# of Dives: I'm a Fish!
    Location: Baton Rouge, LA
    135
    47
    28
    What's happening is that your new-ish mask comes from the factory with a light film of silicone coating the interior glass. You can either burn it off with a lighter (not for the faint of heart) or use toothpaste. It needs to be toothPASTE, not gel-based toothpaste. You know, the white old-school kind. I recommend trying toothpaste first. You'll want to put some in the mask, spread it around and really grind it in there really good -- then let it dry for an hour or so. Rinse it out really well, then repeat this process 2-3 more times. Make sure you let it dry and sit for a while between 'pastings'. Once it's all done, use regular old baby shampoo before each dive - just a drop or so on each side of the mask, rub it around, and do a QUICK rinse in the bucket on the boat (or dip it over the side if you're in a low boat... careful that you don't lose your mask though). Be sure you only do a QUICK rinse - you're just trying to get the bulk of the soap off, but you don't want to get it all off because that defeats the purpose. The whole thing is that you're adding a slight film of soap to break the cohesion the fog has with the mask. No soap = fog. Too much soap = blurry. Quick rinse (maybe dunk it once or twice) = perfect.

    If you want to try the lighter method, here's a link. How to Prep Your New Scuba Diving Mask with a Lighter
     
    eleniel, Dogbowl, IncreaseMyT and 2 others like this.
  7. IncreaseMyT

    IncreaseMyT Regular of the Pub

    # of Dives: 200 - 499
    Location: Naples, FL
    1,384
    361
    83
    I burn it off with a long grill lighter. Only way to get it to stop fogging for me. Then after that wash black film off with toothbrush and toothpaste. You may have to burn clean repeat a few times.
     
    engblom likes this.
  8. Dan

    Dan Orca

    # of Dives: 500 - 999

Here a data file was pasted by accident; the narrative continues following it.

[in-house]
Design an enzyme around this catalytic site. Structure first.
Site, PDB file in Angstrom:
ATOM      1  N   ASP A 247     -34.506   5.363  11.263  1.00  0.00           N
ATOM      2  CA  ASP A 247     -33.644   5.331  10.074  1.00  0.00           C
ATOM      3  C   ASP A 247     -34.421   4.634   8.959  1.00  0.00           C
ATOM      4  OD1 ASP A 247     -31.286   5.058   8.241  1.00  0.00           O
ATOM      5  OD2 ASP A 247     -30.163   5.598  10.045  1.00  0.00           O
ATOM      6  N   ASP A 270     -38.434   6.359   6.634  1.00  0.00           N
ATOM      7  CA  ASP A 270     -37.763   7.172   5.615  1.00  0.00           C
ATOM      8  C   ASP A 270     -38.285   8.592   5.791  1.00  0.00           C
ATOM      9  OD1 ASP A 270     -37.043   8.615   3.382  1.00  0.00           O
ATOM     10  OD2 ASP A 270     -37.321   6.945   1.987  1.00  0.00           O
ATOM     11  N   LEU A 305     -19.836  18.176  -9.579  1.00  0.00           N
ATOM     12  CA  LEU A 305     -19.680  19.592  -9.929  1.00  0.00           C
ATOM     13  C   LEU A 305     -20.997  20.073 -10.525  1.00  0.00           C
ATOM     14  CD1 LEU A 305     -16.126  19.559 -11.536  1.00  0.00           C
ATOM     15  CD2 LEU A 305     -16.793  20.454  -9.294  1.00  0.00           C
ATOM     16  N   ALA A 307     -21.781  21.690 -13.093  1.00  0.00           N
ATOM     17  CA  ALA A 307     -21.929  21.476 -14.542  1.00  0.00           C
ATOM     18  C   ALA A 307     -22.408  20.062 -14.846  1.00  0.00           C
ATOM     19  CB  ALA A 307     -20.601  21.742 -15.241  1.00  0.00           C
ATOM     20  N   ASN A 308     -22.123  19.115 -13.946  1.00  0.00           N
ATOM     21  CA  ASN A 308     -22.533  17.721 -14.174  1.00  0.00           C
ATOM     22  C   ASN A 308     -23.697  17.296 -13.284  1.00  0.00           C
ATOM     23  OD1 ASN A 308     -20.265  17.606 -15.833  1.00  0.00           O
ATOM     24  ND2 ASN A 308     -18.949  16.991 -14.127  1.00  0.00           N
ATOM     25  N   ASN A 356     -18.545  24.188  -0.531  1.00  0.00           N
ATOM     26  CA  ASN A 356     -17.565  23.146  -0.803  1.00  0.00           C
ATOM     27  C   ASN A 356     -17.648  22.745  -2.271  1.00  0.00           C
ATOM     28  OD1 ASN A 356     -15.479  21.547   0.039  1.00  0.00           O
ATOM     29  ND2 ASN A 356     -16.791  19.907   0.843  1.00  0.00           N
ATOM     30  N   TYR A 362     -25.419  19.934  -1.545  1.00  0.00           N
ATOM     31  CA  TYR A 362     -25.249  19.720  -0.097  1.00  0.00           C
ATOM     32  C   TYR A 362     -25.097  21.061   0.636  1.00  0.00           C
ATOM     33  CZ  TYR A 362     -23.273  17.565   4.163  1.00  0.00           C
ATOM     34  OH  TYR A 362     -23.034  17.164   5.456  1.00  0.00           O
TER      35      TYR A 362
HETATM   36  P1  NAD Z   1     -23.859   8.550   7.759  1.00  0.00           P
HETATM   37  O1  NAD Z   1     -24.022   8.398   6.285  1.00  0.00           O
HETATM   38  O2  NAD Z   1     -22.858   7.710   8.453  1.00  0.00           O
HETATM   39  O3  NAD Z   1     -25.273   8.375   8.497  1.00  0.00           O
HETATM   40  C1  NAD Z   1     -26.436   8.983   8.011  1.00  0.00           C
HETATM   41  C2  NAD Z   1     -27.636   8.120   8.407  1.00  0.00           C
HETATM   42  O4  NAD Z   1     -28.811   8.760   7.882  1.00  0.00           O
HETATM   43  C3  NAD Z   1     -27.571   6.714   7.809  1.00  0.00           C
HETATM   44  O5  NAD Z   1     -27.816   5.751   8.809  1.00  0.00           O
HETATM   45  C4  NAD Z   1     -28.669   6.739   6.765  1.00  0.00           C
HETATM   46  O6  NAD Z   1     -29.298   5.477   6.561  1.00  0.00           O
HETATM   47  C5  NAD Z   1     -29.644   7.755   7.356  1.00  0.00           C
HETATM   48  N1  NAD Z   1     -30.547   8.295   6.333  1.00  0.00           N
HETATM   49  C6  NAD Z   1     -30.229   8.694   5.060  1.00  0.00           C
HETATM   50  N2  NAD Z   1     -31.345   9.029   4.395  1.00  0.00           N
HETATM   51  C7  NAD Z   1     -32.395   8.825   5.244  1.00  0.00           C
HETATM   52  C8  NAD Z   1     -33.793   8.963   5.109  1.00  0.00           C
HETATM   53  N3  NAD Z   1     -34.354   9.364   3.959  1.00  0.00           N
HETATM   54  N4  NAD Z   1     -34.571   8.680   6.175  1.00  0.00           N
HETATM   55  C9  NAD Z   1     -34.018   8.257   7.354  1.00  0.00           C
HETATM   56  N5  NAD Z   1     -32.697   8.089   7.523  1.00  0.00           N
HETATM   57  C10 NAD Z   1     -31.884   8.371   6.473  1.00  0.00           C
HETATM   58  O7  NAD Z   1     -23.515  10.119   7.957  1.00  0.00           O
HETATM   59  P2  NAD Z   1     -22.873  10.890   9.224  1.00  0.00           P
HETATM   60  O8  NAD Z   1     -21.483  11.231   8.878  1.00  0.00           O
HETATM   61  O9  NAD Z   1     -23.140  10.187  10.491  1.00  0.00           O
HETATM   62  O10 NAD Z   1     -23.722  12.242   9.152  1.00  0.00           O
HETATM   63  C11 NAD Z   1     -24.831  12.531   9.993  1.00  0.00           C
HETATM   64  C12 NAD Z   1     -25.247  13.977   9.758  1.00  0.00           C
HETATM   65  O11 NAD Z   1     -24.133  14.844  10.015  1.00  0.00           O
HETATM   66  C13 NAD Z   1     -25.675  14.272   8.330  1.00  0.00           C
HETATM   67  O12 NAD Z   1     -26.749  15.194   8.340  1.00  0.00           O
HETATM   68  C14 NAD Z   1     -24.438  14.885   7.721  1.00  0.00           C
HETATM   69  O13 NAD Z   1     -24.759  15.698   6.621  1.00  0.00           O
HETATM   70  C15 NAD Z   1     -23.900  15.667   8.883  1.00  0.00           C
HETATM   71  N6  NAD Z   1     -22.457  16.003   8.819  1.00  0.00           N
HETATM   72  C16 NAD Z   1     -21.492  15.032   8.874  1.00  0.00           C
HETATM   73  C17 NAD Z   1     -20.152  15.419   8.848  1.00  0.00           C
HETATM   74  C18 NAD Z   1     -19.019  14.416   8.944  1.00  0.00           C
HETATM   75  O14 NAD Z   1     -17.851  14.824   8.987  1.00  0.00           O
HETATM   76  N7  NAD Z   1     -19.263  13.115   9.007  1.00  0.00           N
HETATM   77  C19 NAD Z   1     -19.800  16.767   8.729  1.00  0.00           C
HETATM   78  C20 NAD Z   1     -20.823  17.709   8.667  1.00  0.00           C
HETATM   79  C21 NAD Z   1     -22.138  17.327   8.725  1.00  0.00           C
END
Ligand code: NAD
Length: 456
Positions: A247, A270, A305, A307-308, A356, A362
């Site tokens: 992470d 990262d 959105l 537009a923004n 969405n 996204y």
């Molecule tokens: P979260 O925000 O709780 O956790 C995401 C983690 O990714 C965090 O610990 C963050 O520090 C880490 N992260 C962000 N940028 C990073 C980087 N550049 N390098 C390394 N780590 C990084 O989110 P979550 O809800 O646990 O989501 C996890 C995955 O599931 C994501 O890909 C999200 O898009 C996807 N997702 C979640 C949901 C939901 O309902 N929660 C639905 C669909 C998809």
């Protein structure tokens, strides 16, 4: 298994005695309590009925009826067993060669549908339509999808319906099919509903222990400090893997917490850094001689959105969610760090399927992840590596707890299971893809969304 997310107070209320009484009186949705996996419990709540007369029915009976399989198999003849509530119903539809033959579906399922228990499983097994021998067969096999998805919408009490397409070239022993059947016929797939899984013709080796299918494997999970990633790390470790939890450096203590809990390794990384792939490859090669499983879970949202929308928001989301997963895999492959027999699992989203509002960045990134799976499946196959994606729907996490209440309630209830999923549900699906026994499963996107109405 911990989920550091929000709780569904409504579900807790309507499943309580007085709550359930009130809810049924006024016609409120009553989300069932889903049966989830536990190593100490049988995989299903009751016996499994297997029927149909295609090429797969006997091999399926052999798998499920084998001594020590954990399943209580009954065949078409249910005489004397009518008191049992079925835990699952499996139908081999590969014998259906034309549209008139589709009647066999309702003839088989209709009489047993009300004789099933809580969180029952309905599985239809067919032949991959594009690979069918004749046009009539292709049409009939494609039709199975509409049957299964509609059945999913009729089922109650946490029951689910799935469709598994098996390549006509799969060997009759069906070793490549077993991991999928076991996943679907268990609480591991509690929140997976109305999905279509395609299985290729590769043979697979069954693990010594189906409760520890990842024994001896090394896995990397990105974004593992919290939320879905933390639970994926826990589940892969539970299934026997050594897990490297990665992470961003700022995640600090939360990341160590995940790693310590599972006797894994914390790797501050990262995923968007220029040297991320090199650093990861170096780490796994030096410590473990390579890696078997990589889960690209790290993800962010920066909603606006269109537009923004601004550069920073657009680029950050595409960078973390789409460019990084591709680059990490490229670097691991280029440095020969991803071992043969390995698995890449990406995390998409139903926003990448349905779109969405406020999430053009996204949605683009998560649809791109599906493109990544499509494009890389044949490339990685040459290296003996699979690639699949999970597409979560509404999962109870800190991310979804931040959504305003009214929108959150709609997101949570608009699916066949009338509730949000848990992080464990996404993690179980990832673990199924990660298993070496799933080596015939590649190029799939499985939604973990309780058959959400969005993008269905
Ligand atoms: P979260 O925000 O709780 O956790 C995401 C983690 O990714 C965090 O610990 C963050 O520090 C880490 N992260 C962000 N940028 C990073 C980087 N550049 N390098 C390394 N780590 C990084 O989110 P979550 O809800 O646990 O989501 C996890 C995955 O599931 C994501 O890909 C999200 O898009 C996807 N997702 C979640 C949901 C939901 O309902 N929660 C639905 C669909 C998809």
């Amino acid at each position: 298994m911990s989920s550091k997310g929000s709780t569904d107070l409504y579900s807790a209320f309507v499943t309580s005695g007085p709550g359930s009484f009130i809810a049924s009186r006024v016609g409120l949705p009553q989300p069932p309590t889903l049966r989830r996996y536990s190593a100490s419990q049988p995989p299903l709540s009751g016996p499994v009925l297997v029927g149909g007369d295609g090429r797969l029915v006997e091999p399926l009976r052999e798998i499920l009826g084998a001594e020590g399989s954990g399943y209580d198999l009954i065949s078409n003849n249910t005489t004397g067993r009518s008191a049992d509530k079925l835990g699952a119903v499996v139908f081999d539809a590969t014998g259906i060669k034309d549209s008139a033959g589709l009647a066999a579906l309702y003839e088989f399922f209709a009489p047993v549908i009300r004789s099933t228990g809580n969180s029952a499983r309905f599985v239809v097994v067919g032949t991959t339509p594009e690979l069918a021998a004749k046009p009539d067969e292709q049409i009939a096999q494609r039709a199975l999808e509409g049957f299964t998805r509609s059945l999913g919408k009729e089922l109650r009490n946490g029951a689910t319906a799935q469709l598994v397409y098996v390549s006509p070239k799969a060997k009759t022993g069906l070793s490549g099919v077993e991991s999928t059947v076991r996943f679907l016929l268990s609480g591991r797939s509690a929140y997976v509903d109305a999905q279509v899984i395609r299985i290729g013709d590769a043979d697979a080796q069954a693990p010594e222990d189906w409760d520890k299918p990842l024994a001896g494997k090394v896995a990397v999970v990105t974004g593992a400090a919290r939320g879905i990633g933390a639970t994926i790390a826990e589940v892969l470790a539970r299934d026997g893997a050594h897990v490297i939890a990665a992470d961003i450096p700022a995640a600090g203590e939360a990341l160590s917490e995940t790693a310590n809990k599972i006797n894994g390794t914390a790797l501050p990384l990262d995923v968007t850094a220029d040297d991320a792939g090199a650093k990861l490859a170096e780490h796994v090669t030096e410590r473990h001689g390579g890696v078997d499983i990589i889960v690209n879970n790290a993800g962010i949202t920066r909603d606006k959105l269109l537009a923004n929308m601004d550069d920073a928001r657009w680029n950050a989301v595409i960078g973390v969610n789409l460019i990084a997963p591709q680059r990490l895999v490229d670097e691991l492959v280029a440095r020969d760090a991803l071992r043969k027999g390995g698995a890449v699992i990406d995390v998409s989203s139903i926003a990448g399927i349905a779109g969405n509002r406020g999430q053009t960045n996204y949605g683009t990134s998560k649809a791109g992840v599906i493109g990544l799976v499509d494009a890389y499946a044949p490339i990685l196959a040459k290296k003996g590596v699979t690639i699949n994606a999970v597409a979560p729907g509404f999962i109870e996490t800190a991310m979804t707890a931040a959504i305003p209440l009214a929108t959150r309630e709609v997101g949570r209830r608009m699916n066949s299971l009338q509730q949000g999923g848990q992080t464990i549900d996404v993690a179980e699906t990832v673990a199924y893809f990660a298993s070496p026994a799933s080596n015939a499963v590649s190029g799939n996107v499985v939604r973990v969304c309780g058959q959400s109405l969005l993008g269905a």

Location: Lake Jackson, Texas
    5,662
    3,200
    113
    I flamed off the silicone mold release residue out of the lens after I bought the mask. No more fogging problem.

     
    engblom likes this.
  9. tridacna

    tridacna ScubaBoard Supporter ScubaBoard Supporter

    # of Dives: 2,500 - 4,999
    Location: New Jersey
    5,816
    2,853
    113
    Here is a chart showing the RDA ratings of toothpaste. remember that it's the abrasiveness that counts. Not whether it's a gel, white or sensitive. That makes no difference to the RDA. You need to use a toothpaste in the >100 range for effectively removing silicone. It's not a chemical reaction - this is strictly a "elbow grease" issue.


    toothpaste-RDA-abrasive-levels-abrasion.jpg
     
    divad, Dark Wolf, WinfieldNC and 3 others like this.
  10. engblom

    engblom Angel Fish

    26
    9
    3
    At home I only hadve one Elmex branded toothpaste (not the one on the list above) and it did not seem to be very abrasive. I did it twice with the Elmex, then I burned the lens, Elmex again, burned and finally again with Elmex. Each time I burned until the glass was brown.

    It is going to be interesting to see how the diving goes today.
     
    IncreaseMyT likes this.

Share This Page